After delivering the bombs our carrying party retires and in about the space of 30 minutes Engineers will have fired the whole line of 400 cylinders as one gun like a volley. The range would, I think, be not more than half a mile. The objective is to gas the enemy front line by a sudden surprise before he has time to put on gas masks. I was at a later date to take a fatigue party carrying these gas shells but beyond this carry have not heard any more of them. At this present carry our party was still on its way back to its lines when we saw a flash and then a dull explosion. Evidently they synchronised the explosion well.
On the same night as supports were carrying gas gun cylinders, which were being laid extending to our left flank it happened on our right flank that Fritz made a raid on a post of our first division. It was reported that the raid had failed. Fritz losing. 20 dead and 30 prisoners were taken.
It is now the season of the year for raids and they are an indication of fighting to come. Both sides, Fritz and ourselves, are keen to secure prisoners to locate each others army units in readiness for the fighting to come.
Now before leaving the subject of raids I must tell the story of a raid by the 54th Battalion. It happened just after my return from leave when I was informed that Lieutenant Alec Bates was heading a raid. Bates had been selected to bag a Fritz in order to get his regimental marks and badges.
The German posts were echeloned out in front of us and much the same as our won. We knew that the post called Fly Buildings and also another cose to it Whiz Farm were occupied by Germans. Both the places were identified by a few stumpy remains of concrete. Whiz Farm was selected as the victim and the drill was for our Artillery to shell the place for two minutes and then in a moment to lift onto and keep up shell fire on all posts in the near vicinity of Whiz Farm as a protection for the raiders. The lifting of the fire on Whiz Farm was the signal for Bates and his party to rush in and bellow surrender. The raid was over in a few minutes. My trench was in a few yards of where the prisoners and escort passed out.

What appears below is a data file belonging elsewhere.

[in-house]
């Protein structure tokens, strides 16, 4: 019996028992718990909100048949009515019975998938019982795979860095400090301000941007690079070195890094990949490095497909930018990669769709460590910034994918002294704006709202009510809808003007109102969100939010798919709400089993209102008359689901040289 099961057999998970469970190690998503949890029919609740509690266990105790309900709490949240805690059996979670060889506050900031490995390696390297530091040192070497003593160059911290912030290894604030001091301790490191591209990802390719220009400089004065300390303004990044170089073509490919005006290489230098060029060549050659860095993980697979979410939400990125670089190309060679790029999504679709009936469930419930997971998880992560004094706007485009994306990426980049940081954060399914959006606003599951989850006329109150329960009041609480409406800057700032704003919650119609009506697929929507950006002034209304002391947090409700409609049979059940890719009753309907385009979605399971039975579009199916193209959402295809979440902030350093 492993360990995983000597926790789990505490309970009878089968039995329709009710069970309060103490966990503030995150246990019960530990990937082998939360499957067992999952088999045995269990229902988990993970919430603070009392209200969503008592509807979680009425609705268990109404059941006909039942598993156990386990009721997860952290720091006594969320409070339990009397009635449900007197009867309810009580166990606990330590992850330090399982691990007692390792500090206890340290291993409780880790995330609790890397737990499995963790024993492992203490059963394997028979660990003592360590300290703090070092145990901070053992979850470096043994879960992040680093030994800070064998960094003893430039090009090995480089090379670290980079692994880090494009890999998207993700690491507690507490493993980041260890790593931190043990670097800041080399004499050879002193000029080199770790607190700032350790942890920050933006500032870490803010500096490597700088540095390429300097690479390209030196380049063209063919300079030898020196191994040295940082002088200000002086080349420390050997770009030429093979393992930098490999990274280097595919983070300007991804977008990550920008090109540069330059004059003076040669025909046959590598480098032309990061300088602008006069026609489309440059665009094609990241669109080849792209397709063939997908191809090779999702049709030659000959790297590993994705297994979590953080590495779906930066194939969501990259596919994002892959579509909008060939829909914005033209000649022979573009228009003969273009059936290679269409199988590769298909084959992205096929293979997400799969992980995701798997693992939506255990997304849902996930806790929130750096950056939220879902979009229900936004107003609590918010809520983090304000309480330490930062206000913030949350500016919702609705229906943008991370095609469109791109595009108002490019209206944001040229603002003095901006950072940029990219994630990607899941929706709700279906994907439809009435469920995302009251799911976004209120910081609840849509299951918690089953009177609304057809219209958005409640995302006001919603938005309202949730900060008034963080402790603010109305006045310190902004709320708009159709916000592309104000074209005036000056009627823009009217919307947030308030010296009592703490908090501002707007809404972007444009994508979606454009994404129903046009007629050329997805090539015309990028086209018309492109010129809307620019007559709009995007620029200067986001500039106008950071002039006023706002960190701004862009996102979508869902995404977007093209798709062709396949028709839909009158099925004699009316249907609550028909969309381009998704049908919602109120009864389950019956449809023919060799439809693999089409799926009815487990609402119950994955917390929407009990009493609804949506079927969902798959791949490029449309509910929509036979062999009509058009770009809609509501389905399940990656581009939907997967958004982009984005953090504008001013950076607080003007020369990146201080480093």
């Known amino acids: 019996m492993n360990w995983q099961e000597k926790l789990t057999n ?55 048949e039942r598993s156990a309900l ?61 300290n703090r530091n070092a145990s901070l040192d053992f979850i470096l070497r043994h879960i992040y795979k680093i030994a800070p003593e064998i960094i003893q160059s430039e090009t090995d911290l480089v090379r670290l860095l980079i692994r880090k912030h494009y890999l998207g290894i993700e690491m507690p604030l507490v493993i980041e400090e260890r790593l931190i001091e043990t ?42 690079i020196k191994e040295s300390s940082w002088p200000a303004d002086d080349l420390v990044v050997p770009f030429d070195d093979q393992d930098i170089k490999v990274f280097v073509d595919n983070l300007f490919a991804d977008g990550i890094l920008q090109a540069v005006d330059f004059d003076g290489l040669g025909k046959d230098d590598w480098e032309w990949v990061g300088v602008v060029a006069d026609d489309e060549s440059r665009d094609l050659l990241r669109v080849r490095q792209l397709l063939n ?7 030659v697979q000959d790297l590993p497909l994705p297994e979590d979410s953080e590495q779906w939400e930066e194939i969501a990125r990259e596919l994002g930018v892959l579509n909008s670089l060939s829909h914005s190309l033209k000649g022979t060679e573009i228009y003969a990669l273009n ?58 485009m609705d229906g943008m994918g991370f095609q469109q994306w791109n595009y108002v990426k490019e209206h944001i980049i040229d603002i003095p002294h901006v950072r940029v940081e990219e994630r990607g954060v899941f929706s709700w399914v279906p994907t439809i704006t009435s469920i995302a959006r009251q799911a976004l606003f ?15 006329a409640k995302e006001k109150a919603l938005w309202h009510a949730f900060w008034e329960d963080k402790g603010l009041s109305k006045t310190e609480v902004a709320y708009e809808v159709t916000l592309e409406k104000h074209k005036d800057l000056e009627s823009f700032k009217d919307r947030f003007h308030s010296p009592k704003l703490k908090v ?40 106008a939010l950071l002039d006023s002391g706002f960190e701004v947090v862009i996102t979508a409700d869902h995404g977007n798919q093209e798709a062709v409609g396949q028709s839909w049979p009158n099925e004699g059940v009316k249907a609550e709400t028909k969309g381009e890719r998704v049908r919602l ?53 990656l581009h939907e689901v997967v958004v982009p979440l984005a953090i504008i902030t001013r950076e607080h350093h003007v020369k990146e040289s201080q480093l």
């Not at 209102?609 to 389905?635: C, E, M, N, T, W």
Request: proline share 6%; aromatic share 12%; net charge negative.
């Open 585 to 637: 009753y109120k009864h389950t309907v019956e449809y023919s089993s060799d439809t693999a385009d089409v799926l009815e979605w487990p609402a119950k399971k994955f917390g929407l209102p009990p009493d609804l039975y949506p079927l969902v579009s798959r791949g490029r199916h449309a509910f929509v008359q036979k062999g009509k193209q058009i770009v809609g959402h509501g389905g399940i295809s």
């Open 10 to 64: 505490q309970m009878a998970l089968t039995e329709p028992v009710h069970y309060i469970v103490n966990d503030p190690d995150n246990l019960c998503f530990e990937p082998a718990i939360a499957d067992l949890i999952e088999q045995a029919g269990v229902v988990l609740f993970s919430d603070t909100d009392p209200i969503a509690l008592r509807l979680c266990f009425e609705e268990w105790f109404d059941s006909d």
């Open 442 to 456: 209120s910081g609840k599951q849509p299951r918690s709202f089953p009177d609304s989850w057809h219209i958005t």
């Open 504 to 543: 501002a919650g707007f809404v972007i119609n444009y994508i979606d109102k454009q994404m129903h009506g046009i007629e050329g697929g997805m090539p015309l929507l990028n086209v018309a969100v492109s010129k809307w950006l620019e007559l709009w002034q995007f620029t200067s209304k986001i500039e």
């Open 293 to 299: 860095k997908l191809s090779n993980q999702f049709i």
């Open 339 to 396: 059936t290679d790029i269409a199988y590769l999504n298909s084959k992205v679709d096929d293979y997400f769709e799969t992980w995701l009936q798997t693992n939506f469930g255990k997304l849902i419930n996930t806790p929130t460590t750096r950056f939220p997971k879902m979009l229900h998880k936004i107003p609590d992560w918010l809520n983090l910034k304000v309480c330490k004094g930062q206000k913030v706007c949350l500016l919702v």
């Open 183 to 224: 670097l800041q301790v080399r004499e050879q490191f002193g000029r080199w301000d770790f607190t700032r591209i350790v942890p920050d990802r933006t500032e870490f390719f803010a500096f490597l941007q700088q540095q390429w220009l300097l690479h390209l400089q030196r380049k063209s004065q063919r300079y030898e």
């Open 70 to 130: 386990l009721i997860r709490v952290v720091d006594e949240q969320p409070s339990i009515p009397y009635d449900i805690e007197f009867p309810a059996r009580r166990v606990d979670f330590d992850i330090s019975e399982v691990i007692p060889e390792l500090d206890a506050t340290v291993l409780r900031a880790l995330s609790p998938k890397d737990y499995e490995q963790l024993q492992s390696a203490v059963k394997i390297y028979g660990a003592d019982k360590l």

14 men made up the raiding party and all returned safely and with 17 prisoners leaving one for dead. It was quite a snappy little raid and meant, for Bates, an M.C.
Bates was an Anzac and his name will appear again in this dairy when we are securing the Hindenburgh line.
We now come to another raid which happened about this time. The runner who brings our nightly messages handed me a note which told that th53rd Battalion on our right was sending over a raid. The party 300 strong, zero hour was 11 pm. The barrage which was to cover the raid would be a wide one and would cover the front of the 54th Battalion as well with the object of deceiving the enemy of the exact shot where the raid was to take place. Accordingly I was to send back one third of my strength so as to have less men to come under the retaliatory fire which was bound to come from Fritz. I sent back Corporal Bradwell with his section of six men. This left me with 13 men in my post. The number of 13 was immediately brought to my notice by Ike Hall, I replied “13 men are lucky you made up the 13th man Ike and I am convinced they can never kill you”.
At 11 pm. To the second our Artillery opened up and the shells scream over and burst in line along our front and burst in a line of flame. The wild beauty of the sight is completed by the very lights which jump upwards from amongst the falling shells and behind them also for a considerable way back lighting up the whole scene and adding its colours of red, green, yellow and white. There is the big bright white flare which lights up a large area. There are assortments of red, white and green and there is the beautiful shower of golden clusters known as the onion bag.